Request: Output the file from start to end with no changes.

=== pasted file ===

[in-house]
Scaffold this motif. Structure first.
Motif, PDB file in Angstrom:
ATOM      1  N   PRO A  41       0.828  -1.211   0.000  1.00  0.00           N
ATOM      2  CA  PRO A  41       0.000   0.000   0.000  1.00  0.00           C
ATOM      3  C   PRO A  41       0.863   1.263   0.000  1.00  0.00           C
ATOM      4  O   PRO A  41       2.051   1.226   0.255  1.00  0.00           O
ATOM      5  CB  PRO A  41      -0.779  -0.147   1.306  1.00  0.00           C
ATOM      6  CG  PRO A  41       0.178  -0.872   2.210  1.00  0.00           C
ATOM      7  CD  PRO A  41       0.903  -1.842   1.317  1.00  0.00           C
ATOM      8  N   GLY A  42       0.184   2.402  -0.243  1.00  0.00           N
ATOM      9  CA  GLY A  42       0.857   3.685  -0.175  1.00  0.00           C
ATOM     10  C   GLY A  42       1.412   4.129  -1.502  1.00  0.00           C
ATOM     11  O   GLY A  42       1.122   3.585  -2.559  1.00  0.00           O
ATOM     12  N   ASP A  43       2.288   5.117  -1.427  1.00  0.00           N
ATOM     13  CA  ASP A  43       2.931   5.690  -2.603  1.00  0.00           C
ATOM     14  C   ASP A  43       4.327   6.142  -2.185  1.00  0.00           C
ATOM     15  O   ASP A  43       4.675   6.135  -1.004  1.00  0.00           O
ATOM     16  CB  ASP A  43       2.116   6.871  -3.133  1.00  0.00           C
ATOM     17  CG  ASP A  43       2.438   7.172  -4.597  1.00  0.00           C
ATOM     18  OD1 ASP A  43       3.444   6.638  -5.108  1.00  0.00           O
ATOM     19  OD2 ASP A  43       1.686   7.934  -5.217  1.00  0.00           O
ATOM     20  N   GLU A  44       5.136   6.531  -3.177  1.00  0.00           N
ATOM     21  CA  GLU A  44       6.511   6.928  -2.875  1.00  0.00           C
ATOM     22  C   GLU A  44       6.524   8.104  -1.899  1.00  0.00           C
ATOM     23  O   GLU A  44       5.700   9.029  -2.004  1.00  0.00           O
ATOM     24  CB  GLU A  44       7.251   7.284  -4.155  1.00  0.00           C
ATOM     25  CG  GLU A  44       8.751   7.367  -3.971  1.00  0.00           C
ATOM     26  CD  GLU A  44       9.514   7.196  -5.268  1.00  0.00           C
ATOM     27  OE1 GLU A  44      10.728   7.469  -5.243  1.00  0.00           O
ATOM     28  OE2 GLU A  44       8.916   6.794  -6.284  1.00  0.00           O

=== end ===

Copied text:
[in-house]
Scaffold this motif. Structure first.
Motif, PDB file in Angstrom:
ATOM      1  N   PRO A  41       0.828  -1.211   0.000  1.00  0.00           N
ATOM      2  CA  PRO A  41       0.000   0.000   0.000  1.00  0.00           C
ATOM      3  C   PRO A  41       0.863   1.263   0.000  1.00  0.00           C
ATOM      4  O   PRO A  41       2.051   1.226   0.255  1.00  0.00           O
ATOM      5  CB  PRO A  41      -0.779  -0.147   1.306  1.00  0.00           C
ATOM      6  CG  PRO A  41       0.178  -0.872   2.210  1.00  0.00           C
ATOM      7  CD  PRO A  41       0.903  -1.842   1.317  1.00  0.00           C
ATOM      8  N   GLY A  42       0.184   2.402  -0.243  1.00  0.00           N
ATOM      9  CA  GLY A  42       0.857   3.685  -0.175  1.00  0.00           C
ATOM     10  C   GLY A  42       1.412   4.129  -1.502  1.00  0.00           C
ATOM     11  O   GLY A  42       1.122   3.585  -2.559  1.00  0.00           O
ATOM     12  N   ASP A  43       2.288   5.117  -1.427  1.00  0.00           N
ATOM     13  CA  ASP A  43       2.931   5.690  -2.603  1.00  0.00           C
ATOM     14  C   ASP A  43       4.327   6.142  -2.185  1.00  0.00           C
ATOM     15  O   ASP A  43       4.675   6.135  -1.004  1.00  0.00           O
ATOM     16  CB  ASP A  43       2.116   6.871  -3.133  1.00  0.00           C
ATOM     17  CG  ASP A  43       2.438   7.172  -4.597  1.00  0.00           C
ATOM     18  OD1 ASP A  43       3.444   6.638  -5.108  1.00  0.00           O
ATOM     19  OD2 ASP A  43       1.686   7.934  -5.217  1.00  0.00           O
ATOM     20  N   GLU A  44       5.136   6.531  -3.177  1.00  0.00           N
ATOM     21  CA  GLU A  44       6.511   6.928  -2.875  1.00  0.00           C
ATOM     22  C   GLU A  44       6.524   8.104  -1.899  1.00  0.00           C
ATOM     23  O   GLU A  44       5.700   9.029  -2.004  1.00  0.00           O
ATOM     24  CB  GLU A  44       7.251   7.284  -4.155  1.00  0.00           C
ATOM     25  CG  GLU A  44       8.751   7.367  -3.971  1.00  0.00           C
ATOM     26  CD  GLU A  44       9.514   7.196  -5.268  1.00  0.00           C
ATOM     27  OE1 GLU A  44      10.728   7.469  -5.243  1.00  0.00           O
ATOM     28  OE2 GLU A  44       8.916   6.794  -6.284  1.00  0.00           O